Posted by: Brad Nixon | July 22, 2020

Traveling with Mr. Twain: The Innocents Abroad, Continued

In a previous post, I wrote about a steamship journey the writer Mark Twain made in 1867, which he related in regular newspaper dispatches. Those pieces were collected in the book, The Innocents Abroad. My focus in the first article was on the prodigious energy, ingenuity and — sometimes — luck required for Twain and his fellow travelers to carry out the ambitious itinerary that took them from New York to Europe, the Middle East and back.

The current pandemic has many of us constrained or entirely prohibited from traveling far from home. It’s an excellent time in which to travel vicariously by reading travel accounts.

How does The Innocents Abroad hold up as travel writing a century and a half later? How does it compare (or contrast) with travel journalism today?

The Young Journalist

Known today principally for his novels and short stories, Twain — 31 years old in ’67 — was then a journalist, still several years from his first novel, The Gilded Age, 1873, followed by The Adventures of Tom Sawyer in 1876.

As a reporter/editor for a series of newspapers in Virginia City, Nevada and then San Francisco, Twain made a successful first foray as a travel writer, filing accounts of a trip from California to the Sandwich Islands (Hawaii) in 1866. In regular letters published in the Sacramento Union newspaper, he reported and commented on the culture, landscape, climate, cuisine and history of the islands. His account — interspersed with both humorous and critical portraits and anecdotes (not all entirely factual) — proved popular.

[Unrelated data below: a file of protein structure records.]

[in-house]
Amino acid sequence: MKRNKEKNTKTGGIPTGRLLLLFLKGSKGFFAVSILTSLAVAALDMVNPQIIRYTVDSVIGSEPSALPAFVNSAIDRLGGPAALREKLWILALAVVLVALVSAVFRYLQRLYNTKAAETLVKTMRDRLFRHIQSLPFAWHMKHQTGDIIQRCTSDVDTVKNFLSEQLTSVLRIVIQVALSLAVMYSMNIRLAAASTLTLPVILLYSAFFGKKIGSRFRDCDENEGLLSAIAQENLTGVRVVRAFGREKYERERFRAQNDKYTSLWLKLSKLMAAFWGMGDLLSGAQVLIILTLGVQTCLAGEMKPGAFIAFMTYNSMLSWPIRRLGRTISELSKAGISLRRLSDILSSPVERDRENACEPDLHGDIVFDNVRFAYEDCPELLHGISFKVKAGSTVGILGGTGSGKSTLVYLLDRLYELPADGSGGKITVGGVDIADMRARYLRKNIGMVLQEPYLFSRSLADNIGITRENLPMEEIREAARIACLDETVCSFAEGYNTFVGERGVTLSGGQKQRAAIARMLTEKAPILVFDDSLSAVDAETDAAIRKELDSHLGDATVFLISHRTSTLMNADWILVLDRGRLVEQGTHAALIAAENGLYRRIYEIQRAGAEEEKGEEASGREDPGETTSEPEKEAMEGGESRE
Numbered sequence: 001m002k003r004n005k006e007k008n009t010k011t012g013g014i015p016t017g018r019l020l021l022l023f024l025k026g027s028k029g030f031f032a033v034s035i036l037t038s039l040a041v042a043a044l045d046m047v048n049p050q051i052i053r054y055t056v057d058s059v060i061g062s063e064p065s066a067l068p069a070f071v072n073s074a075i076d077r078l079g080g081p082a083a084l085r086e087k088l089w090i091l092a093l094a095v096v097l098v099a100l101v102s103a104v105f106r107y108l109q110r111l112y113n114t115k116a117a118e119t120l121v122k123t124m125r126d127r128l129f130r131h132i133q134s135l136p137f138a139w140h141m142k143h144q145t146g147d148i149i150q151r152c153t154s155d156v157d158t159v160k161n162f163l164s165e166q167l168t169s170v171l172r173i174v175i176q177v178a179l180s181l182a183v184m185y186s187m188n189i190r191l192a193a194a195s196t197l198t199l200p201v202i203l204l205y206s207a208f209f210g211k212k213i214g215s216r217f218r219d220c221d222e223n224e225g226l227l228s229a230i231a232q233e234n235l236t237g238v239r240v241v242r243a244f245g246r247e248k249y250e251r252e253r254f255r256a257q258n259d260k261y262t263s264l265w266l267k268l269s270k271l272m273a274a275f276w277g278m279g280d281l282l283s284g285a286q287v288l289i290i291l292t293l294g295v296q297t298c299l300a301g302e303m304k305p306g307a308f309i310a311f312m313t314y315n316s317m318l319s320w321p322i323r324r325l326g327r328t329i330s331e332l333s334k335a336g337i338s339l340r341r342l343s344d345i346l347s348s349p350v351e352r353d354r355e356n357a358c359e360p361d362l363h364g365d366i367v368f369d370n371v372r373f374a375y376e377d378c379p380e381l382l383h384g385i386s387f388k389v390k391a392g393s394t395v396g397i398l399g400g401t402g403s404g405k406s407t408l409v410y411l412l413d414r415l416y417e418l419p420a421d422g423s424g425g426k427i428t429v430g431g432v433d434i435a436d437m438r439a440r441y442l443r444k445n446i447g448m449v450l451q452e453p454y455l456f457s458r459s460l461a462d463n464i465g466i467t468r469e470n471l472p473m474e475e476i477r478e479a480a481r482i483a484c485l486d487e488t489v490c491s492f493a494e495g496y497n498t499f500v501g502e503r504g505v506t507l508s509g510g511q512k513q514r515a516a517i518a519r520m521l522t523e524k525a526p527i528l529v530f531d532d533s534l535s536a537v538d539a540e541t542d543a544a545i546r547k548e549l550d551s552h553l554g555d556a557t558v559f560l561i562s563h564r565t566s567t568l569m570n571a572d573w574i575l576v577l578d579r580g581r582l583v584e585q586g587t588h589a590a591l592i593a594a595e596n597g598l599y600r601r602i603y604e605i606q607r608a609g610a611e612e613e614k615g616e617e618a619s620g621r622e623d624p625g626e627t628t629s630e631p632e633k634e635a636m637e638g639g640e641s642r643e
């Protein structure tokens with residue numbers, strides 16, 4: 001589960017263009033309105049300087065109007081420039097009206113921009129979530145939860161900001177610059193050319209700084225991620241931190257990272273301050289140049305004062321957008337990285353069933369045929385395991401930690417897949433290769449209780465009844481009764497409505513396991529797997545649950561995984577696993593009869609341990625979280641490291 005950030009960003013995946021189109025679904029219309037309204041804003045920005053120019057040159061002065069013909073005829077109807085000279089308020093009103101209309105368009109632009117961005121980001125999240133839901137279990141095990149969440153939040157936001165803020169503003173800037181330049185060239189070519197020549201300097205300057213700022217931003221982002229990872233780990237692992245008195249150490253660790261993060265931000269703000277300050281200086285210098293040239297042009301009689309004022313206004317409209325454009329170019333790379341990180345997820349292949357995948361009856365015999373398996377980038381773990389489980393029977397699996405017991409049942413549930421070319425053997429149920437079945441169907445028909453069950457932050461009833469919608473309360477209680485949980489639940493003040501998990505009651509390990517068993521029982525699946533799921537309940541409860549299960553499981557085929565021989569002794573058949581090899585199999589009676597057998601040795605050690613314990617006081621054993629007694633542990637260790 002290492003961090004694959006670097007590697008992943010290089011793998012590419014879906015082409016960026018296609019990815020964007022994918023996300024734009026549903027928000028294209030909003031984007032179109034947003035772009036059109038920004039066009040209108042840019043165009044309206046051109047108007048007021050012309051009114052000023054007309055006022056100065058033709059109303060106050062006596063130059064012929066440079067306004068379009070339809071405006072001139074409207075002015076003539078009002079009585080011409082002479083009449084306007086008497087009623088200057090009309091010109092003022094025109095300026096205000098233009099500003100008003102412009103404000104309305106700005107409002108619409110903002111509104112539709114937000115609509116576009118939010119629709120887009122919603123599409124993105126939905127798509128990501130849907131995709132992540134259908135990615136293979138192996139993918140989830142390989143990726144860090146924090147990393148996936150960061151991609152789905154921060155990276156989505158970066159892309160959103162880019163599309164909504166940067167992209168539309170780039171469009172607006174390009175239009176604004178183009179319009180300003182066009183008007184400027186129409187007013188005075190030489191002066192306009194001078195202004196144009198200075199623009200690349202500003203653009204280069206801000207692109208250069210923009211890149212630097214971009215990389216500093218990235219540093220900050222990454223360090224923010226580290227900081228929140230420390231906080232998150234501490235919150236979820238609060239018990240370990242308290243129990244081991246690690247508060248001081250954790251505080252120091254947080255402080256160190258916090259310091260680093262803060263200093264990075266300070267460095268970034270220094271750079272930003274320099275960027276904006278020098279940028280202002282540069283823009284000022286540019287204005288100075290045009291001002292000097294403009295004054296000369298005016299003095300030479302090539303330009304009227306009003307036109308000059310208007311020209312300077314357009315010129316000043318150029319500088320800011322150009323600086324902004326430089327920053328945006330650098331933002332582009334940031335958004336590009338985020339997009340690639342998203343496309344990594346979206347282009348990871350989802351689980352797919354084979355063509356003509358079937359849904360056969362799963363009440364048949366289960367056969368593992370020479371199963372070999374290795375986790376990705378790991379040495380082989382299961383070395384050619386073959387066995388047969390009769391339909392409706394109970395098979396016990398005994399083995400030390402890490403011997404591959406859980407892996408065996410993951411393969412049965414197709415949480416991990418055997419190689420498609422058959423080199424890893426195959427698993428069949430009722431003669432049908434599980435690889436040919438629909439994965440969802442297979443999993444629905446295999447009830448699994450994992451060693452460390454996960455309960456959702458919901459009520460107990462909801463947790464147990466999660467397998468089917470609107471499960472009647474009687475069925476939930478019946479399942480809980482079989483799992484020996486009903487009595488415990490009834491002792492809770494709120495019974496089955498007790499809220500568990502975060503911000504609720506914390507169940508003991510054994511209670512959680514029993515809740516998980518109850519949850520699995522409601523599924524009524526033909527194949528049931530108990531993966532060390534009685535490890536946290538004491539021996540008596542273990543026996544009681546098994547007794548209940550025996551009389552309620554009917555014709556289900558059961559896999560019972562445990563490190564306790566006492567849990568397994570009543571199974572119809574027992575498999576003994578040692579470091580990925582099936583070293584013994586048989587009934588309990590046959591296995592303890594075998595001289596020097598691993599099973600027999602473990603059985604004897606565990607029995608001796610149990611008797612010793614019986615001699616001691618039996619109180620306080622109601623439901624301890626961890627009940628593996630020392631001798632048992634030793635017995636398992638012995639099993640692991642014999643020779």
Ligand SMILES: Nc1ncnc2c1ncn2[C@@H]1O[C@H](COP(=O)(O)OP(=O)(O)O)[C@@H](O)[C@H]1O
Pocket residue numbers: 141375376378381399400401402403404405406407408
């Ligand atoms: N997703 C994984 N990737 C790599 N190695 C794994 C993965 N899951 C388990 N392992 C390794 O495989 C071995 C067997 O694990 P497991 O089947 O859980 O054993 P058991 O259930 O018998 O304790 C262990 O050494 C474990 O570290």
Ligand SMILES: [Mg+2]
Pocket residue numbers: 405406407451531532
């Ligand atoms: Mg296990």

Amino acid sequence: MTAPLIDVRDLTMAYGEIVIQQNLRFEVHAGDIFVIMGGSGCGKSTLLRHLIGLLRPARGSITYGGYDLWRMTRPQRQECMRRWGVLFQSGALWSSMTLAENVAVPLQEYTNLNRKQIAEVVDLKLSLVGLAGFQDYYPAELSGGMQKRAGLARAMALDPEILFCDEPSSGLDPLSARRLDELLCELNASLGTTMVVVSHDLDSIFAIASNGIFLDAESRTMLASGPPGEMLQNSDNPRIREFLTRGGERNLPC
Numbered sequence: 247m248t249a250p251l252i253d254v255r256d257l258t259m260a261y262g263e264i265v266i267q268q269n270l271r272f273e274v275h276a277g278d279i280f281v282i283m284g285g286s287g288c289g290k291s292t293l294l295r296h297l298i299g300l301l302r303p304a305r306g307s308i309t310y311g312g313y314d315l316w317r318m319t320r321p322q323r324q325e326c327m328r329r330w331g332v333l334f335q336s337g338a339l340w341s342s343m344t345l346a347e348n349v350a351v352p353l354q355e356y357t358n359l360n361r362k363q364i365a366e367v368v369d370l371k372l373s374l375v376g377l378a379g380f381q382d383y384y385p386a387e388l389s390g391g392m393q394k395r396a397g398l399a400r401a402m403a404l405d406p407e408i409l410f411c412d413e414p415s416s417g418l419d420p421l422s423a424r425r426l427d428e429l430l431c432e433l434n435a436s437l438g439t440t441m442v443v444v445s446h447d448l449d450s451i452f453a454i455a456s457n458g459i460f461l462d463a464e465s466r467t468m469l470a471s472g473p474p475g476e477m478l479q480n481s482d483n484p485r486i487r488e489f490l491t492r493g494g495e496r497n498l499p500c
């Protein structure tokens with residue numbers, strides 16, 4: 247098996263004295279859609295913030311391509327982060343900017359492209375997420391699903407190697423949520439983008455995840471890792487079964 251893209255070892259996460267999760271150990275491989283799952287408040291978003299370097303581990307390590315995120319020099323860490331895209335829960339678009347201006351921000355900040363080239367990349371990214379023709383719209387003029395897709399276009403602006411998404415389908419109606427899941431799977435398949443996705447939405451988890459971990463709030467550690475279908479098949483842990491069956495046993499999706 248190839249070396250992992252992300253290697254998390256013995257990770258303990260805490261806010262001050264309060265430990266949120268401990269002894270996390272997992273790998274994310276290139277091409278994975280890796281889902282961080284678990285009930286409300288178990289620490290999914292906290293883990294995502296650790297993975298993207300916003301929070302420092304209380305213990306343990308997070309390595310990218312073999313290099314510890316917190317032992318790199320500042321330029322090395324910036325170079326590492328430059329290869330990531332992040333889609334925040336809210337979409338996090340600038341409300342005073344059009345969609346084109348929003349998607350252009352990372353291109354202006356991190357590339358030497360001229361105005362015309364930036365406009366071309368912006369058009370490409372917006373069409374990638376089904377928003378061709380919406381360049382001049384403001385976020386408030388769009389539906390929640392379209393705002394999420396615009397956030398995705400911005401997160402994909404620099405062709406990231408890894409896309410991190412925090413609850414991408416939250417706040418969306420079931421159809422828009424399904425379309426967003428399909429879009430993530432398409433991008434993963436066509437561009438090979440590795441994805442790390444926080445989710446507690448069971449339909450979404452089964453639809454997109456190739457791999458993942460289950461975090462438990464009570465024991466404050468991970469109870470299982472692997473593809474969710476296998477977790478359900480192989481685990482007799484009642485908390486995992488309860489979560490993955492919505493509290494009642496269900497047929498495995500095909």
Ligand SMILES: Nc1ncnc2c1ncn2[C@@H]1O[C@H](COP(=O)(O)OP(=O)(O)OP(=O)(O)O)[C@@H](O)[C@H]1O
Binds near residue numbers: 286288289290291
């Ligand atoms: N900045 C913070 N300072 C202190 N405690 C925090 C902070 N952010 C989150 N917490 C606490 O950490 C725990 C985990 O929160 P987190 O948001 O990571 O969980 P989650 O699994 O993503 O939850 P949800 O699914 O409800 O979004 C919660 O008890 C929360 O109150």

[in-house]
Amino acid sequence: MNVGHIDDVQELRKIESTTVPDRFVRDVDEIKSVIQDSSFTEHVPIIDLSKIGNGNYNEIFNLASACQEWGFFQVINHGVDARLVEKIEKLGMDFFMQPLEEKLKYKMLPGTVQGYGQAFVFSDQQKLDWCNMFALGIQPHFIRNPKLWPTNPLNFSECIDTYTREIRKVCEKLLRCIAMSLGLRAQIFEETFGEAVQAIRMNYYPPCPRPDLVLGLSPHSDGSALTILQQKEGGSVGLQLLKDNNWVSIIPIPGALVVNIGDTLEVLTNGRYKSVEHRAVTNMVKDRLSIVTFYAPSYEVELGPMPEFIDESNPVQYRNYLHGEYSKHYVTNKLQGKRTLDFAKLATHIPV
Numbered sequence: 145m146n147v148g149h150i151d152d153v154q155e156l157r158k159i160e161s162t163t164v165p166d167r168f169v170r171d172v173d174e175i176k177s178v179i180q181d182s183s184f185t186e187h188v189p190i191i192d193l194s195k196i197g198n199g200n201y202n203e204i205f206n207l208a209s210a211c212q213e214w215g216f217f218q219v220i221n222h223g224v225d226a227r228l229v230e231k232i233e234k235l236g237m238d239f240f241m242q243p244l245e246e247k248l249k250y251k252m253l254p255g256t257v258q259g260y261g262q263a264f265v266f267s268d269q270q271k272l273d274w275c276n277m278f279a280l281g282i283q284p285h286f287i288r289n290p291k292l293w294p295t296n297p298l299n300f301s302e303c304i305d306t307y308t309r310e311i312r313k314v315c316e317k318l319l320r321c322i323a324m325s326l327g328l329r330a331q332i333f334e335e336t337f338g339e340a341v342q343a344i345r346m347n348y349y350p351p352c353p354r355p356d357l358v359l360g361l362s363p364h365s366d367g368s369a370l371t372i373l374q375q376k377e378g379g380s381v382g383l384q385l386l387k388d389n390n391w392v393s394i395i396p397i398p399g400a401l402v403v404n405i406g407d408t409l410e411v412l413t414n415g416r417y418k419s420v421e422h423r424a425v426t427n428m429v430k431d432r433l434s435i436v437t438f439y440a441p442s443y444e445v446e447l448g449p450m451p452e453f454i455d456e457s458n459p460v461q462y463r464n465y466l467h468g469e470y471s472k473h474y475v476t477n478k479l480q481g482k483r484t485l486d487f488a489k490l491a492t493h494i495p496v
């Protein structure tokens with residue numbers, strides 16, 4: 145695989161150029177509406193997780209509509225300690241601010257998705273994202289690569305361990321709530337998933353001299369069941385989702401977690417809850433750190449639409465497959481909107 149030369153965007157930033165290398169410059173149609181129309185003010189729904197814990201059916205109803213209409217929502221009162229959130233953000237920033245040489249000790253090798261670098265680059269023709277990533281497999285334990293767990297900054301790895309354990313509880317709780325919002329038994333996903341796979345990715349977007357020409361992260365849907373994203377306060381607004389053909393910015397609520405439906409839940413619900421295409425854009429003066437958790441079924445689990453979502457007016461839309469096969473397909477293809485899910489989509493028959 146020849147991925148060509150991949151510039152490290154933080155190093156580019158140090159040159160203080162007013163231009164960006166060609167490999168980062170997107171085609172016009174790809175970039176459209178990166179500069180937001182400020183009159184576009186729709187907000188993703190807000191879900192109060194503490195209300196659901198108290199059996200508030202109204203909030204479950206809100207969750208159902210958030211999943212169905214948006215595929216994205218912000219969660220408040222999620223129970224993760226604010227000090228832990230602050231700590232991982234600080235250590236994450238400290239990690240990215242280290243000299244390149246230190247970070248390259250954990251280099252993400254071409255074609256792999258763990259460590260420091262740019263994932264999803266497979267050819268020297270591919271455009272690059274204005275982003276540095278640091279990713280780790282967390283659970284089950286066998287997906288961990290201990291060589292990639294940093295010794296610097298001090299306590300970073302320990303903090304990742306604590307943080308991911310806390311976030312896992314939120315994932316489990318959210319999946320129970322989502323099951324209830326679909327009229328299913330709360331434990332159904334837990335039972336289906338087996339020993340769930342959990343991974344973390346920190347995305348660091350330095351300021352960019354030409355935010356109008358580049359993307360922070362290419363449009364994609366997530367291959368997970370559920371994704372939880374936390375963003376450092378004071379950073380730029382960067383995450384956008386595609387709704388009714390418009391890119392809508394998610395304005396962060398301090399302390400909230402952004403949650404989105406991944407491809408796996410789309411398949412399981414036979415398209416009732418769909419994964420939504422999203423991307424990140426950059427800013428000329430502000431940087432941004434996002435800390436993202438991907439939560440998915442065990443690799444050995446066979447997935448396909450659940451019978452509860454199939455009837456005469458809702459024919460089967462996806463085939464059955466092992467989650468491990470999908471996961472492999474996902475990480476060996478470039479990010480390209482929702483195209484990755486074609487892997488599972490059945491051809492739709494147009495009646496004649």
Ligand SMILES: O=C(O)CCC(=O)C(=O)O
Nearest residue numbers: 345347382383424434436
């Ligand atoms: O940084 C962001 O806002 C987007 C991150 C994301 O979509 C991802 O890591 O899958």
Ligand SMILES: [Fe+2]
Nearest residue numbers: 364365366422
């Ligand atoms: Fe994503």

In 1867, Twain received an assignment for a journey on a larger scale: a voyage of several months that would visit numerous ports and cities in Spain, France, Italy, Greece, Turkey, present day Syria, Lebanon, Jordan and Palestine, returning through Egypt and the Caribbean Islands.

Below, a photo of Twain as he appeared on the voyage, made in Constantinople in the studio of the accomplished Abdullah Frères.

Samuel Langhorne Clemens September 1-2, 1867, Pera, Constantinople

A General Approach to Innocents Abroad

It helps to bear in mind that Twain was writing to entertain at least as much as to inform. He wasn’t writing a travel guide; his dispatches are accounts of a first-hand experience. He states more than once that he assumes travelers will consult one or more printed travel guides. He doesn’t provide tips on places to stay, dine, how to arrange for transportation or any of the day-to-day business of traveling.

Twain assumed readers expected a point of view, interesting observations, anecdotes, and some insight into what those far-flung places were like.

As a result, instead of travel tips and “be-certain-not-to-miss” guideposts, we get what he thought of his travel experiences.

What Twain Says

The results can be highly informed reflections on the history of a place (despite having only a fifth-grade education, Twain was enormous well read), extraordinarily critical and prejudiced perspectives about the people and cultures he encountered, and they can also be hilariously funny.

Twain is almost never an objective commentator. Don’t expect only Mark Twain, humorist.

Religion is a good example of what I mean.